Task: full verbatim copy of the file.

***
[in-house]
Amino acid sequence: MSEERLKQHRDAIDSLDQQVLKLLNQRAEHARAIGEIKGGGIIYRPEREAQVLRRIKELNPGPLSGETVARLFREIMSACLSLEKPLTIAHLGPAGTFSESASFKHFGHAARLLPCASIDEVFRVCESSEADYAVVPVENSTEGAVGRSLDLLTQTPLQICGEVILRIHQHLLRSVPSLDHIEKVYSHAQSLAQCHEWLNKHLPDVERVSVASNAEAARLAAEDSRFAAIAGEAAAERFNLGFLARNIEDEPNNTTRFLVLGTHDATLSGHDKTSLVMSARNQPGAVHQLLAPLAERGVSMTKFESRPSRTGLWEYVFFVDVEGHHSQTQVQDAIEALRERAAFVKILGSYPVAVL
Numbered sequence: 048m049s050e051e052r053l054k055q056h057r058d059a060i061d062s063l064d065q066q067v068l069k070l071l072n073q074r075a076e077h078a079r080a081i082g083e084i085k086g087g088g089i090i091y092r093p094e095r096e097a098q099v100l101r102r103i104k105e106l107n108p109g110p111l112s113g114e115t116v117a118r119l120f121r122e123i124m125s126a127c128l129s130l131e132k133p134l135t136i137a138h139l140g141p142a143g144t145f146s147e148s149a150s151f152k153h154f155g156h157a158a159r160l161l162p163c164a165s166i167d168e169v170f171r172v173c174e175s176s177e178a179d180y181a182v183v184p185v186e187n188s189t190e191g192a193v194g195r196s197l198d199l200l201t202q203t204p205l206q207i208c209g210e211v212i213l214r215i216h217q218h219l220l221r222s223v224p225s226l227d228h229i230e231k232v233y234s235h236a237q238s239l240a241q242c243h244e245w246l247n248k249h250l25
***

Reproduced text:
[in-house]
Amino acid sequence: MSEERLKQHRDAIDSLDQQVLKLLNQRAEHARAIGEIKGGGIIYRPEREAQVLRRIKELNPGPLSGETVARLFREIMSACLSLEKPLTIAHLGPAGTFSESASFKHFGHAARLLPCASIDEVFRVCESSEADYAVVPVENSTEGAVGRSLDLLTQTPLQICGEVILRIHQHLLRSVPSLDHIEKVYSHAQSLAQCHEWLNKHLPDVERVSVASNAEAARLAAEDSRFAAIAGEAAAERFNLGFLARNIEDEPNNTTRFLVLGTHDATLSGHDKTSLVMSARNQPGAVHQLLAPLAERGVSMTKFESRPSRTGLWEYVFFVDVEGHHSQTQVQDAIEALRERAAFVKILGSYPVAVL
Numbered sequence: 048m049s050e051e052r053l054k055q056h057r058d059a060i061d062s063l064d065q066q067v068l069k070l071l072n073q074r075a076e077h078a079r080a081i082g083e084i085k086g087g088g089i090i091y092r093p094e095r096e097a098q099v100l101r102r103i104k105e106l107n108p109g110p111l112s113g114e115t116v117a118r119l120f121r122e123i124m125s126a127c128l129s130l131e132k133p134l135t136i137a138h139l140g141p142a143g144t145f146s147e148s149a150s151f152k153h154f155g156h157a158a159r160l161l162p163c164a165s166i167d168e169v170f171r172v173c174e175s176s177e178a179d180y181a182v183v184p185v186e187n188s189t190e191g192a193v194g195r196s197l198d199l200l201t202q203t204p205l206q207i208c209g210e211v212i213l214r215i216h217q218h219l220l221r222s223v224p225s226l227d228h229i230e231k232v233y234s235h236a237q238s239l240a241q242c243h244e245w246l247n248k249h250l25